“I feel cheated”: after 20 years of paying off my student loan, I discovered that I was not entitled to forgiveness. My loans total $167,000. What can I do?
I took out loans for vocational/higher education during the years 1993 to 1996. I took out about $54,000 in loans. In 2002, I consolidated all my federal loans. The balance is approximately $167,000. I’ve been paying between $350 and $1,100 a month for 20 years.
I thought I was on an income driven repayment plan, but recently my loan manager was changed to Navient NAVI,
at Aidvantage, and I was able to see my loan information and see different payment plans under IDR. Turns out I’m not under any IDR.
I thought after 20-25 years of payments any loan balance would be forgiven. I am very disappointed that I was not part of one of these plans, and I feel cheated.
Now that the Biden administration is announcing student loan cancellations, I don’t know if I should apply for one of the IDR plans now — although it would seem unfair to start over, as I’ve been on regular repayment since 2002. Or should I wait and see if I qualify for an override via Biden?
It’s small consolation, but you’re one of at least 2 million people who thought they were on the right track to get loan forgiveness, only to realize their loans didn’t qualify. It’s a bitter pill to swallow. The student loan forgiveness program is a complex and error-prone bureaucratic process.
Income-contingent repayment (IDR) plans, for those unfamiliar with them, allow student loan borrowers to repay their debt as a percentage of their income, rather than a standard monthly payment tied to the size of the loan. and interest. rate.
Earlier this year, Navient pledged to forgive $1.7 billion in private student loans as part of a settlement with 39 attorneys general and student loan giant Navient. About 66,000 borrowers will have their private student loans forgiven.
Your loan amount has more than tripled in the past 25 years. This suggests an extended period of nonpayment, either due to postponement of economic hardship, postponement of unemployment and general forbearance, and/or your late payment and fees.
“Your loan amount has more than tripled in the past 25 years. This suggests an extended period of non-payment.”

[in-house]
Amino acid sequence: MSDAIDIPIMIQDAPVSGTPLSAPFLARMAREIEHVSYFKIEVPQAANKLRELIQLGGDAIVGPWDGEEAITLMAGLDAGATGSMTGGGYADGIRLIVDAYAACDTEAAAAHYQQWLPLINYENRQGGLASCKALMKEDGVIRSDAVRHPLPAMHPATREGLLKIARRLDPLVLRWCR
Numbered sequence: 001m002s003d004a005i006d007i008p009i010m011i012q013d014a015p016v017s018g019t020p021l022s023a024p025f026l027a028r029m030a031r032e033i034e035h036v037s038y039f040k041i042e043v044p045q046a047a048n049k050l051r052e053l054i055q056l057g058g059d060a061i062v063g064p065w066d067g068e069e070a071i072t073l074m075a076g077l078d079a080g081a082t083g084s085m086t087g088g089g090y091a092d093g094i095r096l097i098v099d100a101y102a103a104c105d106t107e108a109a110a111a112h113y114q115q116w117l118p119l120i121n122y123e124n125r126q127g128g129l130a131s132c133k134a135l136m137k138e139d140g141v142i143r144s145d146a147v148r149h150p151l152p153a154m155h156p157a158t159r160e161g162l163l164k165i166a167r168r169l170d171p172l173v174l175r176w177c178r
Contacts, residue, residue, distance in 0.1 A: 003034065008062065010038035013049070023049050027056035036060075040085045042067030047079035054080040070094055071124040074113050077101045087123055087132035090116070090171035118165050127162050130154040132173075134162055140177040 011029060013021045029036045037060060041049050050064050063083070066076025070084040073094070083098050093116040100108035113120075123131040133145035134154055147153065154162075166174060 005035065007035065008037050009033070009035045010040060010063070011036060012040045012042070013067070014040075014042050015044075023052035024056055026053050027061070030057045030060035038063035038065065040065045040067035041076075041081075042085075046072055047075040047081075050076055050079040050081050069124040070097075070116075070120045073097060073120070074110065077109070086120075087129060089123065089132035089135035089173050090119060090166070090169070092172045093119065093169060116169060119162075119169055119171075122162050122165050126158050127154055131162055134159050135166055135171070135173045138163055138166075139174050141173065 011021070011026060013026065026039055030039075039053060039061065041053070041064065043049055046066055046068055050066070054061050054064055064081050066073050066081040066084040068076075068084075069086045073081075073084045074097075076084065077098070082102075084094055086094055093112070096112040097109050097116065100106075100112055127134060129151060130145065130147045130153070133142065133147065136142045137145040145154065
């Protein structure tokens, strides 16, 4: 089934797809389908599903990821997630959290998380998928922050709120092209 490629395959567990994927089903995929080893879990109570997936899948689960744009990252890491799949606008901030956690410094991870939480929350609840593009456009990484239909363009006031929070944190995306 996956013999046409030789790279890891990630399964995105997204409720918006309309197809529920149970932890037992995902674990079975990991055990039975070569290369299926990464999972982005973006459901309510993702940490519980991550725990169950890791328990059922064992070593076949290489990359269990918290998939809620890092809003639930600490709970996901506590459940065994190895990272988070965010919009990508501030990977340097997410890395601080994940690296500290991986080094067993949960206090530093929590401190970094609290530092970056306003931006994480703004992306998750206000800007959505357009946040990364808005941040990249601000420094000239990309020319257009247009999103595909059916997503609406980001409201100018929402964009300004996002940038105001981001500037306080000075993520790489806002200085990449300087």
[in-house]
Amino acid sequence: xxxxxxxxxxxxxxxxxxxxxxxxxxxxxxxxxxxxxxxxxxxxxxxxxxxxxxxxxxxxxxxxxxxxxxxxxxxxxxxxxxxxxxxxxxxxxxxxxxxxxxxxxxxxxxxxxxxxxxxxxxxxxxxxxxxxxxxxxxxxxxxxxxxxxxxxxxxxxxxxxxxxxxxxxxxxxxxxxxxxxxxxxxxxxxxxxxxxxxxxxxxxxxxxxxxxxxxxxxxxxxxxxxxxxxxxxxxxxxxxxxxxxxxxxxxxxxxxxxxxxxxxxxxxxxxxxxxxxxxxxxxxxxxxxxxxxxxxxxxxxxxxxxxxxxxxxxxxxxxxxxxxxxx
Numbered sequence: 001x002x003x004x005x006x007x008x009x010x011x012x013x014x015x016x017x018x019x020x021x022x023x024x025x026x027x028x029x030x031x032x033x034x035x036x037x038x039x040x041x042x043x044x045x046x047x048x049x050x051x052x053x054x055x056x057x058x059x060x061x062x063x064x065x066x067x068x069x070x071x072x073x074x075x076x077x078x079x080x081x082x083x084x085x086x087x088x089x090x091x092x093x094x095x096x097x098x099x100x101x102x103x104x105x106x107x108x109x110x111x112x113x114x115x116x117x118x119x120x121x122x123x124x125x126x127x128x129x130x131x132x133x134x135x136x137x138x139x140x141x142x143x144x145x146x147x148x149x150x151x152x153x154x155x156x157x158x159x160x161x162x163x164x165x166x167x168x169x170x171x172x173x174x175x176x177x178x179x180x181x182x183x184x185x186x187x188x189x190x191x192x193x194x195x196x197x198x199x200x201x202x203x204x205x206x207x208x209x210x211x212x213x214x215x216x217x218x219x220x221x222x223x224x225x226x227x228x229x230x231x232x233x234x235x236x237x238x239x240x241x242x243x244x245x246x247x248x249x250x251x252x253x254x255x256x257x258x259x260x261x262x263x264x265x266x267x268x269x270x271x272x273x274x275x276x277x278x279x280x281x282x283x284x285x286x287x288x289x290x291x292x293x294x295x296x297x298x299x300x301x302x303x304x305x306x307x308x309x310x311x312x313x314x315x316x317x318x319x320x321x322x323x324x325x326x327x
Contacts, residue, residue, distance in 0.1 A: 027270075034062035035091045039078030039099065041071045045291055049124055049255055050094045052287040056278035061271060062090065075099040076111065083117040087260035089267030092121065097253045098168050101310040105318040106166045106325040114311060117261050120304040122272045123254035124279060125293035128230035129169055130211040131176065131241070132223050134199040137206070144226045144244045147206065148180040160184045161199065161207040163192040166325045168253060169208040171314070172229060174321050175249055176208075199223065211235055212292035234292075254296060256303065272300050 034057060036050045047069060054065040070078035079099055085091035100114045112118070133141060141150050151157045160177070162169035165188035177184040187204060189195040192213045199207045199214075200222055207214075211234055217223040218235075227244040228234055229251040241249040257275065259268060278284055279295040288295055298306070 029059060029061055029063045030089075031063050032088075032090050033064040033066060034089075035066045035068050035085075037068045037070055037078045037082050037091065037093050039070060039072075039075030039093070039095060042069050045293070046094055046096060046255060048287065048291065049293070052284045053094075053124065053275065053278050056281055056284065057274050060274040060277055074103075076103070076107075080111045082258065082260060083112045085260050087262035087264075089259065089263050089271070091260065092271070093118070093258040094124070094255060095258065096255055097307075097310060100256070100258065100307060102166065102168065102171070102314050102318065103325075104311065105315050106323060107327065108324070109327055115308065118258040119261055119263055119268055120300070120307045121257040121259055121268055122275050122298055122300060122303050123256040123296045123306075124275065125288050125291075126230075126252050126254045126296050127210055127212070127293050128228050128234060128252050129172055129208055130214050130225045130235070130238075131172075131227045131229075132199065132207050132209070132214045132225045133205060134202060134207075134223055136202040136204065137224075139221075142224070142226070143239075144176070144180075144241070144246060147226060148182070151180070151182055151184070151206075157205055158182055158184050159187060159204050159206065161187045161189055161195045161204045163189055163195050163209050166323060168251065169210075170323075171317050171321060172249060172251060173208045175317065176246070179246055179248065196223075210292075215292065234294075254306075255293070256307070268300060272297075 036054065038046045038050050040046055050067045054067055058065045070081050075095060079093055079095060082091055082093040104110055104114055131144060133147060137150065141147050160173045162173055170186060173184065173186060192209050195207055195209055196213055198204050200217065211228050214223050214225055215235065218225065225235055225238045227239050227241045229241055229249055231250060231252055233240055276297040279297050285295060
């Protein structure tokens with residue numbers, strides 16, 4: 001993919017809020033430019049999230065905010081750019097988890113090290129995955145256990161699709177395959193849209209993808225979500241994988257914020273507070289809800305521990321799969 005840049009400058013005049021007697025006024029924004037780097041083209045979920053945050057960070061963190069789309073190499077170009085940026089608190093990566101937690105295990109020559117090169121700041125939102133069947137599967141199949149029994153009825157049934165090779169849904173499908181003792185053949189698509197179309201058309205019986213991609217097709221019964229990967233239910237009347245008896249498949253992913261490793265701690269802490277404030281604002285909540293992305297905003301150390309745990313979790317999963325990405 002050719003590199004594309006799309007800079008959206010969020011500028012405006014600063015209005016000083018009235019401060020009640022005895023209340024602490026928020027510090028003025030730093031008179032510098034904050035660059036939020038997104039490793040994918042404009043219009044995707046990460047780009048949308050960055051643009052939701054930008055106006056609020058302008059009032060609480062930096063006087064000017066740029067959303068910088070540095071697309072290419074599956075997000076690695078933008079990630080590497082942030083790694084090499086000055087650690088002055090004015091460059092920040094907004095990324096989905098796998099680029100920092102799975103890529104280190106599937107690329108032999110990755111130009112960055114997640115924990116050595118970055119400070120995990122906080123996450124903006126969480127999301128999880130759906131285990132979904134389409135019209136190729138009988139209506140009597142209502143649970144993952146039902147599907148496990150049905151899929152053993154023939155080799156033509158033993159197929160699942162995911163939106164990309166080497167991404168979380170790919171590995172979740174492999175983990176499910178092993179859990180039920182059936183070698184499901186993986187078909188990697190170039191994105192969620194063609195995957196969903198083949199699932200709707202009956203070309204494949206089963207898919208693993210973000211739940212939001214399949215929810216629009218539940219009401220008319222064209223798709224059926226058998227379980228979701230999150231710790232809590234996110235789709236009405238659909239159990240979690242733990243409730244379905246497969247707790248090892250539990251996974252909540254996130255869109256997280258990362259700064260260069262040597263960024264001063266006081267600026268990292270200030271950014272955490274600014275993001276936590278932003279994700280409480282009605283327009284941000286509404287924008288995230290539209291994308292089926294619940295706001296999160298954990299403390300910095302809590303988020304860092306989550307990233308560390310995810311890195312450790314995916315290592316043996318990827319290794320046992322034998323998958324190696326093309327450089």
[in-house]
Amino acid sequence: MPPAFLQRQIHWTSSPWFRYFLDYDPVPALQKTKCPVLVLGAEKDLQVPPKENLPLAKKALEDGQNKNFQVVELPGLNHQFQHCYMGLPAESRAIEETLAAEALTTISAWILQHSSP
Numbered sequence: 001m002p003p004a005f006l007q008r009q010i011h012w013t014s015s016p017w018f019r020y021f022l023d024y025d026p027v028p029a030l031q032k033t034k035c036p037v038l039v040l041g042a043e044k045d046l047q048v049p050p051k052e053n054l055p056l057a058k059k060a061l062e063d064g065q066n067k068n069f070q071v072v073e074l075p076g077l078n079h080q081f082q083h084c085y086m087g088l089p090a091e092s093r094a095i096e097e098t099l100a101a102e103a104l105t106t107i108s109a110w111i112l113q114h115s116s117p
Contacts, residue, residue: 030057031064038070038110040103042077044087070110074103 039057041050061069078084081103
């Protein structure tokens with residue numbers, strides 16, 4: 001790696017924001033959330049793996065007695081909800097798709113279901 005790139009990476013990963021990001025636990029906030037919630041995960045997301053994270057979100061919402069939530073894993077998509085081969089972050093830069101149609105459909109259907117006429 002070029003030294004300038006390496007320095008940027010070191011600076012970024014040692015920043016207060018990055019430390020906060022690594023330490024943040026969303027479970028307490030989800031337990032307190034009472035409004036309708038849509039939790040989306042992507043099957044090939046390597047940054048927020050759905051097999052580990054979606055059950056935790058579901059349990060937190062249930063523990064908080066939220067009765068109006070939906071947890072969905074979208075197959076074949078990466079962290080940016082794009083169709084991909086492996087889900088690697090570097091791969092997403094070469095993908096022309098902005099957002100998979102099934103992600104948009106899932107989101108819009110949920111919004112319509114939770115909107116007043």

This can hurt your chances of forgiveness. The Biden administration announced this week that it will count all loan payments made under an income-driven repayment plan toward the 20 or 25-year discount at the end of an income-driven repayment plan. on income, says a student loan expert and author. Marc Kantrowitz.
As he points out: “Debt of $167,000 at 7.2% (the average interest rate for loans made between 1993 and 1996) gives a monthly repayment of about $1,100 on a student loan from for a period of 30 years. The progressive repayment would have a lower payment initially, but it would be at least $1,000.
The Department for Education, as you’ve seen, said this week it would launch a new review of its student debt portfolio in a bid to correct past mistakes that have denied millions of borrowers credit. of student loan forgiveness.
This will lead to immediate debt cancellation for around 40,000 borrowers under the Civil Service Loan Cancellation Program and at least three years of additional credit for more than 3.6 million borrowers seeking an income-contingent reimbursement, the department said.
Navient has made the decision to stop servicing federal student loans under the Direct Lending Program. Your service portfolio has therefore moved to Aidvantage, which in turn is owned by Maximus Education LLC and runs a direct lending program.
The Direct Loan Program offers four IDR plans: ICR, IBR, PAYE, and REPAYE. “Because his loans were taken before October 1, 2007, he is not eligible for PAYE,” said Kantrowitz, the author of “How to Apply for More College Financial Aid.”
IBR or REPAYE will yield the lowest monthly loan payment, he adds, depending on whether you’re married and file separate or joint returns with your spouse, whether you have college loans, and whether your income exceeds your student loan debt.
You probably need an IDR plan. “Moving to an income-driven repayment plan versus a possible future loan forgiveness from President Biden is not a choice situation,” Kantrowitz says. “Also, President Biden asked for $10,000 in loan forgiveness, not full forgiveness.”
Your situation is clearly complicated and not a simple case of remission of student debt. I’m sorry it’s been hovering over you all these years. The Institute of Student Loan Advisors and the National Foundation for Credit Counseling are two nonprofit organizations that can offer you more practical help.
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